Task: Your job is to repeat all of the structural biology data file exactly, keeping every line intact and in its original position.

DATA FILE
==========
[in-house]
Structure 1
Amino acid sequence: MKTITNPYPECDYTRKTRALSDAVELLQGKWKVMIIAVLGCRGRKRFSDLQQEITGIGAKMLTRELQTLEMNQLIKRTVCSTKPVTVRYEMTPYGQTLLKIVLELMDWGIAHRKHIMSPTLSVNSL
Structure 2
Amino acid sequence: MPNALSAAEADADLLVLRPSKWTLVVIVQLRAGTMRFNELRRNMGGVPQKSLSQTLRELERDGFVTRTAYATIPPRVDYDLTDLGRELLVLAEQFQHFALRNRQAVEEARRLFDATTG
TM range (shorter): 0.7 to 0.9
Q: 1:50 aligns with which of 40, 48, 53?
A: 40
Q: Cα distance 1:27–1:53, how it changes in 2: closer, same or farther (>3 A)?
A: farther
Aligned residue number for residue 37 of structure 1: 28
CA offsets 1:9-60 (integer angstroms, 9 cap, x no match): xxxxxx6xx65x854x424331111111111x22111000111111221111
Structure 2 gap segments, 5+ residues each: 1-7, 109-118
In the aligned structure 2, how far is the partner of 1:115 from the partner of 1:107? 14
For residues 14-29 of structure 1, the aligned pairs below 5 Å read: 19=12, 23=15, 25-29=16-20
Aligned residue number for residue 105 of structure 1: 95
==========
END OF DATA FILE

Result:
[in-house]
Structure 1
Amino acid sequence: MKTITNPYPECDYTRKTRALSDAVELLQGKWKVMIIAVLGCRGRKRFSDLQQEITGIGAKMLTRELQTLEMNQLIKRTVCSTKPVTVRYEMTPYGQTLLKIVLELMDWGIAHRKHIMSPTLSVNSL
Structure 2
Amino acid sequence: MPNALSAAEADADLLVLRPSKWTLVVIVQLRAGTMRFNELRRNMGGVPQKSLSQTLRELERDGFVTRTAYATIPPRVDYDLTDLGRELLVLAEQFQHFALRNRQAVEEARRLFDATTG
TM range (shorter): 0.7 to 0.9
Q: 1:50 aligns with which of 40, 48, 53?
A: 40
Q: Cα distance 1:27–1:53, how it changes in 2: closer, same or farther (>3 A)?
A: farther
Aligned residue number for residue 37 of structure 1: 28
CA offsets 1:9-60 (integer angstroms, 9 cap, x no match): xxxxxx6xx65x854x424331111111111x22111000111111221111
Structure 2 gap segments, 5+ residues each: 1-7, 109-118
In the aligned structure 2, how far is the partner of 1:115 from the partner of 1:107? 14
For residues 14-29 of structure 1, the aligned pairs below 5 Å read: 19=12, 23=15, 25-29=16-20
Aligned residue number for residue 105 of structure 1: 95